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As a pastor, Fr. McGivney knew of sacramental graces like the Seven Gifts of the Holy Spirit received in Confirmation. Wisdom, Piety, etc. As a preacher he knew of the Fruits of the Holy Spirit mentioned in Galatians (Gal. 5:22-23): Love, Joy, Patience, Kindness, etc. Both the Seven Gifts and the Fruits are ways we grow in our “interior life,” that is, becoming more “Christ-like.” We are inspired to find deeper ways to love God and Neighbor. But those spiritual gifts are ones that we keep. They are food for our own soul. There are also gifts to be given away!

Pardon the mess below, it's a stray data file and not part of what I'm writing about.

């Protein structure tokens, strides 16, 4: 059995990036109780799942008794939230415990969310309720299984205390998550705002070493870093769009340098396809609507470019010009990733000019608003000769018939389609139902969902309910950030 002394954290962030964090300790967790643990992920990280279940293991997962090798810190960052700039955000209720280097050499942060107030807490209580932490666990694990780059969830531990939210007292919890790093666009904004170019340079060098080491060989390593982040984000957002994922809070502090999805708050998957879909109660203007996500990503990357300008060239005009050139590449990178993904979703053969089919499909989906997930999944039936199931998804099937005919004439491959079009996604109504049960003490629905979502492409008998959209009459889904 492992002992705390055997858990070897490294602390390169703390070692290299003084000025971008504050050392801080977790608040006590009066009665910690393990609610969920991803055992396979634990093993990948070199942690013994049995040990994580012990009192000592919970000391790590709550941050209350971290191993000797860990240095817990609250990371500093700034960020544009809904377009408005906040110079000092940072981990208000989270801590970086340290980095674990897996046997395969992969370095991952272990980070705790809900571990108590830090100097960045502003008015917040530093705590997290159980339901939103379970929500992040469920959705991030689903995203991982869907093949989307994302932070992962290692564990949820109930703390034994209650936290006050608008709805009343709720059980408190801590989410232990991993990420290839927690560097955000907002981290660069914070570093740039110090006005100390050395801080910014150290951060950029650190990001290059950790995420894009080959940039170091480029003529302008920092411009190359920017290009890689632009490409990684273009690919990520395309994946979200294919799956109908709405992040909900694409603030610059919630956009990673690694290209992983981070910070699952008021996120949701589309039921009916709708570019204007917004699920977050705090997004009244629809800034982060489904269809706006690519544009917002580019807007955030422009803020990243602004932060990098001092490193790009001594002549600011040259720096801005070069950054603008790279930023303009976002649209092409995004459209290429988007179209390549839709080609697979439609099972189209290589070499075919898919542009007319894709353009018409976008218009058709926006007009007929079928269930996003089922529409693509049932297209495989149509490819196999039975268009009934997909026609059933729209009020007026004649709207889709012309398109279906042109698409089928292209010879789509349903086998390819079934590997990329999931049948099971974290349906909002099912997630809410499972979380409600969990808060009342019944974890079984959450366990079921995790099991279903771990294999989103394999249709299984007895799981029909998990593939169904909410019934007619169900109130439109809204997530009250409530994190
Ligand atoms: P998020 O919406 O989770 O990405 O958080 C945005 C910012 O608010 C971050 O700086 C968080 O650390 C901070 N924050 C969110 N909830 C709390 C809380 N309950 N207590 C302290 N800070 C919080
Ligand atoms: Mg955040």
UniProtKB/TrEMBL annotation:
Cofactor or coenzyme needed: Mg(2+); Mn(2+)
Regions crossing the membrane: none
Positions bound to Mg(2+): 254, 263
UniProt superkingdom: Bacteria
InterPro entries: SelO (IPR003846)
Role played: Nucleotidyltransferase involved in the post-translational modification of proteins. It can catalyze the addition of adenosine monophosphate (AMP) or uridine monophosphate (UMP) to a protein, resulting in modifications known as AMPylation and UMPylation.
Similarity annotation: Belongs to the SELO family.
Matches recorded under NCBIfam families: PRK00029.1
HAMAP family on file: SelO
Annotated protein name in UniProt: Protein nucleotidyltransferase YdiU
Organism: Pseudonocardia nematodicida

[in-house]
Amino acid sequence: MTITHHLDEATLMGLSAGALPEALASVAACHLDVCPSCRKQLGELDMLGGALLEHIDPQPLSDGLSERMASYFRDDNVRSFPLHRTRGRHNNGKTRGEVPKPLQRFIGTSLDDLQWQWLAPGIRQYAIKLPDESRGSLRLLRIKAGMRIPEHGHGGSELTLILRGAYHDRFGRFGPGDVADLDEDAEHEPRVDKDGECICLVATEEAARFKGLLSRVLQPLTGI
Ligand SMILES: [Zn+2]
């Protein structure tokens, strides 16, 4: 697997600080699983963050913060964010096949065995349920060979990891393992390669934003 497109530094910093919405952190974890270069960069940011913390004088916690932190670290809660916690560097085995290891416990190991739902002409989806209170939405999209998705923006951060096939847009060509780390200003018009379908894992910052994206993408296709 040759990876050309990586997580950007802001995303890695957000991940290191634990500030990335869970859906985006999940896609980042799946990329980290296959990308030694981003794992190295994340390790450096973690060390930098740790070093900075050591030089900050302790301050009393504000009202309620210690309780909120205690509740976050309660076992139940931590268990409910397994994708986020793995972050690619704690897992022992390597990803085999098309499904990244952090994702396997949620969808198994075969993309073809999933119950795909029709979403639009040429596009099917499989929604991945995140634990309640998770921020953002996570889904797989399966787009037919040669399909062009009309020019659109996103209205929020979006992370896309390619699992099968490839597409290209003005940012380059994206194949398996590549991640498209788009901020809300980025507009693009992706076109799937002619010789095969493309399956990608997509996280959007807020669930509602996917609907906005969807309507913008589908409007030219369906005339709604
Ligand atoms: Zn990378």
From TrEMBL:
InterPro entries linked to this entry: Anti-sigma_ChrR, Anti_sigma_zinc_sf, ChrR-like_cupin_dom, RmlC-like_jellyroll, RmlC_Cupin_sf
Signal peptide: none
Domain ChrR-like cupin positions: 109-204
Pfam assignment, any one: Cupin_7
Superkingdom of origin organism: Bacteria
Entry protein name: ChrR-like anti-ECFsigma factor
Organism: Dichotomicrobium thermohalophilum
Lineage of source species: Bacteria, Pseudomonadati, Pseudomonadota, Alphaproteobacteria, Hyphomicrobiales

WHAT ARE “CHARISMS?” In the glossary of the Catechism of the Catholic Church, page 870, there is a summary: CHARISM: A speci!c gift or grace of the Holy Spirit which directly or indirectly bene!ts the Church, given in order to help a person live out the Christian life, or to serve the common good in building up the Church. That’s a mouthful—but there is an important point we might miss. Serve. Others. Charisms are really not that helpful if we don’t use them. And we use them by giving them away in serving others, building up the Body of Christ. In essence, charisms are outbound gifts of the Holy Spirit. We might see charisms as part of our spiritual personality. For example, we know that it is more dicult for an introvert to give a speech. So a person who is an extrovert probably has the personality to speak in front of a crowd. We might begin to understand our charisms this way. They are enablers. They inspire.

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